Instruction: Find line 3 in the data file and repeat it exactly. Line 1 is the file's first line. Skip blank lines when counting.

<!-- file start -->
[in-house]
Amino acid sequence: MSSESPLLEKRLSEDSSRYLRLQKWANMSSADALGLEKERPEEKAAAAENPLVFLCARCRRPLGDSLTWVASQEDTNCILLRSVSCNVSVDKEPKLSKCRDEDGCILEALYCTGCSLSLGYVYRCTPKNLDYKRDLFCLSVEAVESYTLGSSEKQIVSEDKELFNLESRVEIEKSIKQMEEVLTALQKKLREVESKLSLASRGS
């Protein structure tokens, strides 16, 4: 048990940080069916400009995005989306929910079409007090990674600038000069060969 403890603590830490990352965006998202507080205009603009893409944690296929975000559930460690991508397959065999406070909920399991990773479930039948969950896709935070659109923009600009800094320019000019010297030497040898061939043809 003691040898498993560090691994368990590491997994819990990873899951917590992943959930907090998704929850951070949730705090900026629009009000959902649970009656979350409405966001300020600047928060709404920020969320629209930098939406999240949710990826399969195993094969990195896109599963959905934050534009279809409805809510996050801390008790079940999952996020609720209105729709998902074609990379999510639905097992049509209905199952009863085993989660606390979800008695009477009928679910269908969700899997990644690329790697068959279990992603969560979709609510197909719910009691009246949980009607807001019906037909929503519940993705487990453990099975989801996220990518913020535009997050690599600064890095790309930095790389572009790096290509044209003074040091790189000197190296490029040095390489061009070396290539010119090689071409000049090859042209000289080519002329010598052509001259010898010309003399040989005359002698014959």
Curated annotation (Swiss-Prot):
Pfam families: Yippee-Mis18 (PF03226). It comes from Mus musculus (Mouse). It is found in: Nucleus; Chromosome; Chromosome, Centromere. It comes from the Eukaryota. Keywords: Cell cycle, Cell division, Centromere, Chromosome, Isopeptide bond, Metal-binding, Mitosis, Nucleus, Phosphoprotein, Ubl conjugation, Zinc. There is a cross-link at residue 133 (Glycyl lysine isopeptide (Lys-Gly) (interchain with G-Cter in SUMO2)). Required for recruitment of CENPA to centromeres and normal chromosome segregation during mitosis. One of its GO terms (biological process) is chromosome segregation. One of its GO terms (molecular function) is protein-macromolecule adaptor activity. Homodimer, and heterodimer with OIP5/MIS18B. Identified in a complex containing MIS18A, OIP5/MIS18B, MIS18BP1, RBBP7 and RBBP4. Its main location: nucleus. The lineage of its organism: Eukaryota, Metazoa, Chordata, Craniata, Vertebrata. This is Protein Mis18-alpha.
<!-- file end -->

């Protein structure tokens, strides 16, 4: 048990940080069916400009995005989306929910079409007090990674600038000069060969 403890603590830490990352965006998202507080205009603009893409944690296929975000559930460690991508397959065999406070909920399991990773479930039948969950896709935070659109923009600009800094320019000019010297030497040898061939043809 003691040898498993560090691994368990590491997994819990990873899951917590992943959930907090998704929850951070949730705090900026629009009000959902649970009656979350409405966001300020600047928060709404920020969320629209930098939406999240949710990826399969195993094969990195896109599963959905934050534009279809409805809510996050801390008790079940999952996020609720209105729709998902074609990379999510639905097992049509209905199952009863085993989660606390979800008695009477009928679910269908969700899997990644690329790697068959279990992603969560979709609510197909719910009691009246949980009607807001019906037909929503519940993705487990453990099975989801996220990518913020535009997050690599600064890095790309930095790389572009790096290509044209003074040091790189000197190296490029040095390489061009070396290539010119090689071409000049090859042209000289080519002329010598052509001259010898010309003399040989005359002698014959």